EU to pledge support for Ukraine, but not ready with new Russia sanctions

BRUSSELS (REUTERS) – European Union leaders will meet on Monday (May 30) to declare continued support for Ukraine to help it fend off Russia’s assault, but the talks will be overshadowed by their failure to agree on a new sanctions package against Moscow.

Over two days, leaders of the 27-nation bloc are to discuss how best to aid Ukraine four months into Russia’s invasion and how to deal with the conflict’s impacts: high energy prices, an impending food shortage and the EU’s defence needs.

But draft conclusions of the meeting, seen by Reuters, showed that while the EU will be generous with verbal support for the government in Kyiv, there will be little in terms of new decisions on any of the main topics.

“After Russia’s attack on Ukraine, we saw what can happen when Europe stands united. With a view to the summit tomorrow, let’s hope it continues like this. But it is already starting to crumble and crumble again,” German Economy Minister Robert Habeck said on Sunday.

The most tangible will be the leaders’ political backing for a 9 billion euro package of EU loans, with a small grants component to cover part of the interest, so that Ukraine can keep its government going and pay wages for around two months.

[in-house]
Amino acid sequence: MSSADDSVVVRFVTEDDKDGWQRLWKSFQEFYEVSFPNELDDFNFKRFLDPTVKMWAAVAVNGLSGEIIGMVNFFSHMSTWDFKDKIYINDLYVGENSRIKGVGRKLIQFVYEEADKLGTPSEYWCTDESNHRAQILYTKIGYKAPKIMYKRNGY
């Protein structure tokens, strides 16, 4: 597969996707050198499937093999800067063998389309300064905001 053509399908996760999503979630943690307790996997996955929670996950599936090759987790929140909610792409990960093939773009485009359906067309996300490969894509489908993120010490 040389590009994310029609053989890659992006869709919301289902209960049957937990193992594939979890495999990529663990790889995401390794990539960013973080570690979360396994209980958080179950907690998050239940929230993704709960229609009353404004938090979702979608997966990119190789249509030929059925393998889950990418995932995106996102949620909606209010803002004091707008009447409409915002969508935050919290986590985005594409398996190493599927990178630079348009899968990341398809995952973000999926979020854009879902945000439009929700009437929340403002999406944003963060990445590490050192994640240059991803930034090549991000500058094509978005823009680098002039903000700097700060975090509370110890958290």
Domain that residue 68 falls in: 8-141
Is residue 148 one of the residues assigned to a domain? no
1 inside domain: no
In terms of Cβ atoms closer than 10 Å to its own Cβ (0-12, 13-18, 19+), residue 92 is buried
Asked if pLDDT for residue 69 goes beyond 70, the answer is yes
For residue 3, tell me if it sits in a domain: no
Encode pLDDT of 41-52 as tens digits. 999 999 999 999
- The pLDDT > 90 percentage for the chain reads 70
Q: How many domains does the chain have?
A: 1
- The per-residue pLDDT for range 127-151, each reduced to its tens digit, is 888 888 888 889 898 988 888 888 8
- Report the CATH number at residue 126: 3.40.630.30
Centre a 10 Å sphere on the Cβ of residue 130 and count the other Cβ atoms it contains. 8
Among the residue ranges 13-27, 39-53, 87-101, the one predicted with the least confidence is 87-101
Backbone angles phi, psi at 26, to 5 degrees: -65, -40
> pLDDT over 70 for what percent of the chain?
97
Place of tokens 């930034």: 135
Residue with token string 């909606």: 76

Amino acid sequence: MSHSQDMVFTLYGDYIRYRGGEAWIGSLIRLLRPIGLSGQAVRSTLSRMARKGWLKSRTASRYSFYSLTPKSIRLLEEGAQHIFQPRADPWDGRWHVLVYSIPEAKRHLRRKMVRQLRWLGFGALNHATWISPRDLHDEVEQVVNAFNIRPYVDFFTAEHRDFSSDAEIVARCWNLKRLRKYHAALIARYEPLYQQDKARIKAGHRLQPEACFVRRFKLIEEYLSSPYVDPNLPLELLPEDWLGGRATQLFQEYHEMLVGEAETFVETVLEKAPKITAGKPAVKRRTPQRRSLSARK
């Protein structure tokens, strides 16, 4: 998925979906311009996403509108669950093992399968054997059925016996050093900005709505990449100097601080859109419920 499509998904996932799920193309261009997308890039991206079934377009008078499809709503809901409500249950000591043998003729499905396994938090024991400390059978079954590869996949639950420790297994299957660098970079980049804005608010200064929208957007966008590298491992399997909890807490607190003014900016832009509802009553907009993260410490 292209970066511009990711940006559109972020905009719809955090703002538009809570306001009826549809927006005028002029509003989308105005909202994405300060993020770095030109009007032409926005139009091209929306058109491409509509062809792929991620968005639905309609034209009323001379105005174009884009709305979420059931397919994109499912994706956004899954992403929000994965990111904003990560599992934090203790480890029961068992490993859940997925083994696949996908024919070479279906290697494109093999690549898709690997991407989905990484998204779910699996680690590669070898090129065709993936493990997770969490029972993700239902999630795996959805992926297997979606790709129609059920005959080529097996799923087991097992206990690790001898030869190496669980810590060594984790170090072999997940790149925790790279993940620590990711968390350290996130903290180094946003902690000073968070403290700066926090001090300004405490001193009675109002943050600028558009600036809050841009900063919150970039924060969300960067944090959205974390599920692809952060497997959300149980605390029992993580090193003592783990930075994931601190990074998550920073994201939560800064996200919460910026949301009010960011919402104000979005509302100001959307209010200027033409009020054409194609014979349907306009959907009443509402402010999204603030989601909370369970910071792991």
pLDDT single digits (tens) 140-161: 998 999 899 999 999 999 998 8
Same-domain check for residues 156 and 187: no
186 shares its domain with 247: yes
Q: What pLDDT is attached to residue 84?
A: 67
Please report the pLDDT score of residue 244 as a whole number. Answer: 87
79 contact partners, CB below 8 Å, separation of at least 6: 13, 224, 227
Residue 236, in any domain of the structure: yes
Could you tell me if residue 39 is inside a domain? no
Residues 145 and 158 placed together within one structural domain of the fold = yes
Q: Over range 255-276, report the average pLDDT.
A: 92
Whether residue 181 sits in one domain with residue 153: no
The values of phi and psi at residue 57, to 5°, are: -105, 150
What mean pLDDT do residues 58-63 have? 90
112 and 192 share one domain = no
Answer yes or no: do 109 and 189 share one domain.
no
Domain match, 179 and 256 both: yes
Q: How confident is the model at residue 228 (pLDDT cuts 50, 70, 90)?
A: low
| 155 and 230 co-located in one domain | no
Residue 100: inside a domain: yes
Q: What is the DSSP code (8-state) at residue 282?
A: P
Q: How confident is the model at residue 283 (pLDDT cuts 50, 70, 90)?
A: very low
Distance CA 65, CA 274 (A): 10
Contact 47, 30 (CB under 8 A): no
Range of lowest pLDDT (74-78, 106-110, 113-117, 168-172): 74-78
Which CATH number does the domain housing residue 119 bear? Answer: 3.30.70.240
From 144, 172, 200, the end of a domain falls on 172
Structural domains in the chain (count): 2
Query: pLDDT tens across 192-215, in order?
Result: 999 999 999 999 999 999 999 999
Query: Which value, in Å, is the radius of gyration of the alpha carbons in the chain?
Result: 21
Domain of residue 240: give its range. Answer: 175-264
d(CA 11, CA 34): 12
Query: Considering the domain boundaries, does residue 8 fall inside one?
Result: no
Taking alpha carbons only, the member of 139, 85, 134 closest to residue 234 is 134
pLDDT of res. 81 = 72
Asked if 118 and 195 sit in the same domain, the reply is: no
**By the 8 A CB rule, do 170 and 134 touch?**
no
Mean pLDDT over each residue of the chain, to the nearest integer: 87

But even there, the decision will be only made later, after the European Commission makes a proposal on how to raise the money.

Despite efforts since the start of May, EU governments cannot agree on the sixth package of sanctions against Moscow because one of the elements – an embargo on buying Russian oil – is not acceptable to Hungary and a big problem for Slovakia and the Czech Republic.

Other elements, such as disconnecting Russia’s biggest Sberbank from the Swift messaging system, banning Russian broadcasters from the EU and adding more people to a list whose assets are frozen and who cannot enter the EU, are all held up by the lack of agreement on the oil ban.

The draft summit conclusions showed EU leaders will back the creation of an international fund to rebuild Ukraine after the war, with no details, and want to look into the possibility of confiscating frozen Russian assets for that purpose.

But the careful phrasing is deliberate because the issue is legally difficult, officials said.

The leaders will pledge to accelerate work to help Ukraine move its grain out of the country to global buyers via rail and truck as the Russian navy is blocking the usual sea routes and to take steps to faster become independent of Russian energy.

The draft showed leaders are ready to explore ways to curb rising energy prices, including the feasibility of introducing temporary price caps, to cut red tape on rolling out renewable sources of energy and invest in connecting national energy networks across borders to better help each other.


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